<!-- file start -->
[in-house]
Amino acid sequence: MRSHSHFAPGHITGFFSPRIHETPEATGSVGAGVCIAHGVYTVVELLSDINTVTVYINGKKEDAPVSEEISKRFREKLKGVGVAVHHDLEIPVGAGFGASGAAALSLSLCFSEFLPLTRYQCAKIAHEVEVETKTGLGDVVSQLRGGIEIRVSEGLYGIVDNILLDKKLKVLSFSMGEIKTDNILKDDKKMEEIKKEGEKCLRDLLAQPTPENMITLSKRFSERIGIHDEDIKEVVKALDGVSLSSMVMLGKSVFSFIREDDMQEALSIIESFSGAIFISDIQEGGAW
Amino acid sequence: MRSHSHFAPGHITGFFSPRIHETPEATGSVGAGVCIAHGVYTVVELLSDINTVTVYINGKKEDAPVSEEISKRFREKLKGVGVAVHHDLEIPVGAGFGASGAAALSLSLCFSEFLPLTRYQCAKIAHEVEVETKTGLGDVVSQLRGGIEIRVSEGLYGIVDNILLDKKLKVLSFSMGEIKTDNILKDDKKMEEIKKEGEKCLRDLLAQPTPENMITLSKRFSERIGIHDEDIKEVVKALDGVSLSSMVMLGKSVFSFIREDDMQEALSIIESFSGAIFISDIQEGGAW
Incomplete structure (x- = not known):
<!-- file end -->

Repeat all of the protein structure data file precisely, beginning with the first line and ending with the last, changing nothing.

[in-house]
Amino acid sequence: MRSHSHFAPGHITGFFSPRIHETPEATGSVGAGVCIAHGVYTVVELLSDINTVTVYINGKKEDAPVSEEISKRFREKLKGVGVAVHHDLEIPVGAGFGASGAAALSLSLCFSEFLPLTRYQCAKIAHEVEVETKTGLGDVVSQLRGGIEIRVSEGLYGIVDNILLDKKLKVLSFSMGEIKTDNILKDDKKMEEIKKEGEKCLRDLLAQPTPENMITLSKRFSERIGIHDEDIKEVVKALDGVSLSSMVMLGKSVFSFIREDDMQEALSIIESFSGAIFISDIQEGGAW
Amino acid sequence: MRSHSHFAPGHITGFFSPRIHETPEATGSVGAGVCIAHGVYTVVELLSDINTVTVYINGKKEDAPVSEEISKRFREKLKGVGVAVHHDLEIPVGAGFGASGAAALSLSLCFSEFLPLTRYQCAKIAHEVEVETKTGLGDVVSQLRGGIEIRVSEGLYGIVDNILLDKKLKVLSFSMGEIKTDNILKDDKKMEEIKKEGEKCLRDLLAQPTPENMITLSKRFSERIGIHDEDIKEVVKALDGVSLSSMVMLGKSVFSFIREDDMQEALSIIESFSGAIFISDIQEGGAW
Incomplete structure (x- = not known):